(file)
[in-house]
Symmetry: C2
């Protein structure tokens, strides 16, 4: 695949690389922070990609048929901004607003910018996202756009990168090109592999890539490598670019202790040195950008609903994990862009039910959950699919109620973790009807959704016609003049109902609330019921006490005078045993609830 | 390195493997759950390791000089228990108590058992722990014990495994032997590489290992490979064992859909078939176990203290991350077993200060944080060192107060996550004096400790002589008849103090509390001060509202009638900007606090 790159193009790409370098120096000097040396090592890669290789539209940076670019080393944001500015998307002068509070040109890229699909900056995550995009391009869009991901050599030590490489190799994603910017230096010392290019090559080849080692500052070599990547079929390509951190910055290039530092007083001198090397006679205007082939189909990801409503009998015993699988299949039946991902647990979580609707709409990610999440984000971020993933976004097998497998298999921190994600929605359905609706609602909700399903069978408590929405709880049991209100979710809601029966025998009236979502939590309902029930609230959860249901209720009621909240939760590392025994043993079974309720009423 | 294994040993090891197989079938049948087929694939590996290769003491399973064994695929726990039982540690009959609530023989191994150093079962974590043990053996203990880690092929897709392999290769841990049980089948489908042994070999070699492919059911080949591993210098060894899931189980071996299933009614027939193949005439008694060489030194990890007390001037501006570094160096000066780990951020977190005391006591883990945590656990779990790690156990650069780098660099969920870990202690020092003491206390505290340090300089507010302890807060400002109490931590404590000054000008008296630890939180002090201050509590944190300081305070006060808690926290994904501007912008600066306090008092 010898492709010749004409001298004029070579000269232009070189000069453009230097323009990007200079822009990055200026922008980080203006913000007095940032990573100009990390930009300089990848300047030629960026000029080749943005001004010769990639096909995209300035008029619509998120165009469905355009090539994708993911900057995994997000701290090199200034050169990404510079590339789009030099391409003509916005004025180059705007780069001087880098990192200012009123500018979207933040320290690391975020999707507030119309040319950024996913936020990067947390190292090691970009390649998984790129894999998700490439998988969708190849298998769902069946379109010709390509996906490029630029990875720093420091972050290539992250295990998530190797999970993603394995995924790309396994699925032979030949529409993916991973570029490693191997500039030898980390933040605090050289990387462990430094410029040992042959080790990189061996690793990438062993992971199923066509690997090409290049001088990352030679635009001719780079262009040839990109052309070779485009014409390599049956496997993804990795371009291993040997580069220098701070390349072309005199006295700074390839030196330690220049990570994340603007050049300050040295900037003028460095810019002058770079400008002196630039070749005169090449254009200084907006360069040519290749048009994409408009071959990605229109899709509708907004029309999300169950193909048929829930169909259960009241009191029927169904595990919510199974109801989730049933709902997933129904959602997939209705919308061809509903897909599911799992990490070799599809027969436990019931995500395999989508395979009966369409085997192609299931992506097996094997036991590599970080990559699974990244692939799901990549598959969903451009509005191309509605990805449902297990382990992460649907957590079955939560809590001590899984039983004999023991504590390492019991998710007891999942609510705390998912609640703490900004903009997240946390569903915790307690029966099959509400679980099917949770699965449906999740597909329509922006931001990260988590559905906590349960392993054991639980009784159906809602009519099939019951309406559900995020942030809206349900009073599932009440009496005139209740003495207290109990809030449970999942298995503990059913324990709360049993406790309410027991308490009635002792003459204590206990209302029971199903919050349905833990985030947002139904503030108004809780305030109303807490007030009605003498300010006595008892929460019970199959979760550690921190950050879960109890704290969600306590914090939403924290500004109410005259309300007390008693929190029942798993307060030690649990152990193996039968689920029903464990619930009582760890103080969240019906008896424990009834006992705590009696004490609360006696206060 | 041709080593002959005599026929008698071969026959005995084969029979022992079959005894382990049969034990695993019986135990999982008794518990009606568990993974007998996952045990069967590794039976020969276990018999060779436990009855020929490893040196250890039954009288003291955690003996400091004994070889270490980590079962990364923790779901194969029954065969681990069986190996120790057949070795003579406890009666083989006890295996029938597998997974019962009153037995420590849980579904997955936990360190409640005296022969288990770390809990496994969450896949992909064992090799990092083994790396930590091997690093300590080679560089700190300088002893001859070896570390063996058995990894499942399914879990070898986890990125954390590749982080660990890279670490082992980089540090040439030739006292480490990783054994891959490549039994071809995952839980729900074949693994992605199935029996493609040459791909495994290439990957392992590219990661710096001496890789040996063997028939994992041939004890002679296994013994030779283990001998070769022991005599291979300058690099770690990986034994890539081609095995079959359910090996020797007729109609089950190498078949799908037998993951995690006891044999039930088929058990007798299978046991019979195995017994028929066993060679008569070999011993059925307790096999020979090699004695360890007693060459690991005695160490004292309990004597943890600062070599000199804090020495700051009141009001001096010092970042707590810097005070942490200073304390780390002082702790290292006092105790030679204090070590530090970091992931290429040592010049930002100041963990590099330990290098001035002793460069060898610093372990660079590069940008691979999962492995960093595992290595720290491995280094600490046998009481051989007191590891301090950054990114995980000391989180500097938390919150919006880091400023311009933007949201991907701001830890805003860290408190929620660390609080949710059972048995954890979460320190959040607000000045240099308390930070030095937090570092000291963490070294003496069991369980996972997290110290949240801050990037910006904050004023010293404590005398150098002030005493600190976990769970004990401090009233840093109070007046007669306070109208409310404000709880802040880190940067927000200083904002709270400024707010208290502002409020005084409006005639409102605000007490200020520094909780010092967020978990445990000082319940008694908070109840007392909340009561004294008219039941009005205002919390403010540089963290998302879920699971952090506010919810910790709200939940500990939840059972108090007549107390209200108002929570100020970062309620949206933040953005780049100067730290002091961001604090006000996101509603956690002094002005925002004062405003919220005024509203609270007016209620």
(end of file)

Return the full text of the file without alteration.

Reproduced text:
[in-house]
Symmetry: C2
């Protein structure tokens, strides 16, 4: 695949690389922070990609048929901004607003910018996202756009990168090109592999890539490598670019202790040195950008609903994990862009039910959950699919109620973790009807959704016609003049109902609330019921006490005078045993609830 | 390195493997759950390791000089228990108590058992722990014990495994032997590489290992490979064992859909078939176990203290991350077993200060944080060192107060996550004096400790002589008849103090509390001060509202009638900007606090 790159193009790409370098120096000097040396090592890669290789539209940076670019080393944001500015998307002068509070040109890229699909900056995550995009391009869009991901050599030590490489190799994603910017230096010392290019090559080849080692500052070599990547079929390509951190910055290039530092007083001198090397006679205007082939189909990801409503009998015993699988299949039946991902647990979580609707709409990610999440984000971020993933976004097998497998298999921190994600929605359905609706609602909700399903069978408590929405709880049991209100979710809601029966025998009236979502939590309902029930609230959860249901209720009621909240939760590392025994043993079974309720009423 | 294994040993090891197989079938049948087929694939590996290769003491399973064994695929726990039982540690009959609530023989191994150093079962974590043990053996203990880690092929897709392999290769841990049980089948489908042994070999070699492919059911080949591993210098060894899931189980071996299933009614027939193949005439008694060489030194990890007390001037501006570094160096000066780990951020977190005391006591883990945590656990779990790690156990650069780098660099969920870990202690020092003491206390505290340090300089507010302890807060400002109490931590404590000054000008008296630890939180002090201050509590944190300081305070006060808690926290994904501007912008600066306090008092 010898492709010749004409001298004029070579000269232009070189000069453009230097323009990007200079822009990055200026922008980080203006913000007095940032990573100009990390930009300089990848300047030629960026000029080749943005001004010769990639096909995209300035008029619509998120165009469905355009090539994708993911900057995994997000701290090199200034050169990404510079590339789009030099391409003509916005004025180059705007780069001087880098990192200012009123500018979207933040320290690391975020999707507030119309040319950024996913936020990067947390190292090691970009390649998984790129894999998700490439998988969708190849298998769902069946379109010709390509996906490029630029990875720093420091972050290539992250295990998530190797999970993603394995995924790309396994699925032979030949529409993916991973570029490693191997500039030898980390933040605090050289990387462990430094410029040992042959080790990189061996690793990438062993992971199923066509690997090409290049001088990352030679635009001719780079262009040839990109052309070779485009014409390599049956496997993804990795371009291993040997580069220098701070390349072309005199006295700074390839030196330690220049990570994340603007050049300050040295900037003028460095810019002058770079400008002196630039070749005169090449254009200084907006360069040519290749048009994409408009071959990605229109899709509708907004029309999300169950193909048929829930169909259960009241009191029927169904595990919510199974109801989730049933709902997933129904959602997939209705919308061809509903897909599911799992990490070799599809027969436990019931995500395999989508395979009966369409085997192609299931992506097996094997036991590599970080990559699974990244692939799901990549598959969903451009509005191309509605990805449902297990382990992460649907957590079955939560809590001590899984039983004999023991504590390492019991998710007891999942609510705390998912609640703490900004903009997240946390569903915790307690029966099959509400679980099917949770699965449906999740597909329509922006931001990260988590559905906590349960392993054991639980009784159906809602009519099939019951309406559900995020942030809206349900009073599932009440009496005139209740003495207290109990809030449970999942298995503990059913324990709360049993406790309410027991308490009635002792003459204590206990209302029971199903919050349905833990985030947002139904503030108004809780305030109303807490007030009605003498300010006595008892929460019970199959979760550690921190950050879960109890704290969600306590914090939403924290500004109410005259309300007390008693929190029942798993307060030690649990152990193996039968689920029903464990619930009582760890103080969240019906008896424990009834006992705590009696004490609360006696206060 | 041709080593002959005599026929008698071969026959005995084969029979022992079959005894382990049969034990695993019986135990999982008794518990009606568990993974007998996952045990069967590794039976020969276990018999060779436990009855020929490893040196250890039954009288003291955690003996400091004994070889270490980590079962990364923790779901194969029954065969681990069986190996120790057949070795003579406890009666083989006890295996029938597998997974019962009153037995420590849980579904997955936990360190409640005296022969288990770390809990496994969450896949992909064992090799990092083994790396930590091997690093300590080679560089700190300088002893001859070896570390063996058995990894499942399914879990070898986890990125954390590749982080660990890279670490082992980089540090040439030739006292480490990783054994891959490549039994071809995952839980729900074949693994992605199935029996493609040459791909495994290439990957392992590219990661710096001496890789040996063997028939994992041939004890002679296994013994030779283990001998070769022991005599291979300058690099770690990986034994890539081609095995079959359910090996020797007729109609089950190498078949799908037998993951995690006891044999039930088929058990007798299978046991019979195995017994028929066993060679008569070999011993059925307790096999020979090699004695360890007693060459690991005695160490004292309990004597943890600062070599000199804090020495700051009141009001001096010092970042707590810097005070942490200073304390780390002082702790290292006092105790030679204090070590530090970091992931290429040592010049930002100041963990590099330990290098001035002793460069060898610093372990660079590069940008691979999962492995960093595992290595720290491995280094600490046998009481051989007191590891301090950054990114995980000391989180500097938390919150919006880091400023311009933007949201991907701001830890805003860290408190929620660390609080949710059972048995954890979460320190959040607000000045240099308390930070030095937090570092000291963490070294003496069991369980996972997290110290949240801050990037910006904050004023010293404590005398150098002030005493600190976990769970004990401090009233840093109070007046007669306070109208409310404000709880802040880190940067927000200083904002709270400024707010208290502002409020005084409006005639409102605000007490200020520094909780010092967020978990445990000082319940008694908070109840007392909340009561004294008219039941009005205002919390403010540089963290998302879920699971952090506010919810910790709200939940500990939840059972108090007549107390209200108002929570100020970062309620949206933040953005780049100067730290002091961001604090006000996101509603956690002094002005925002004062405003919220005024509203609270007016209620």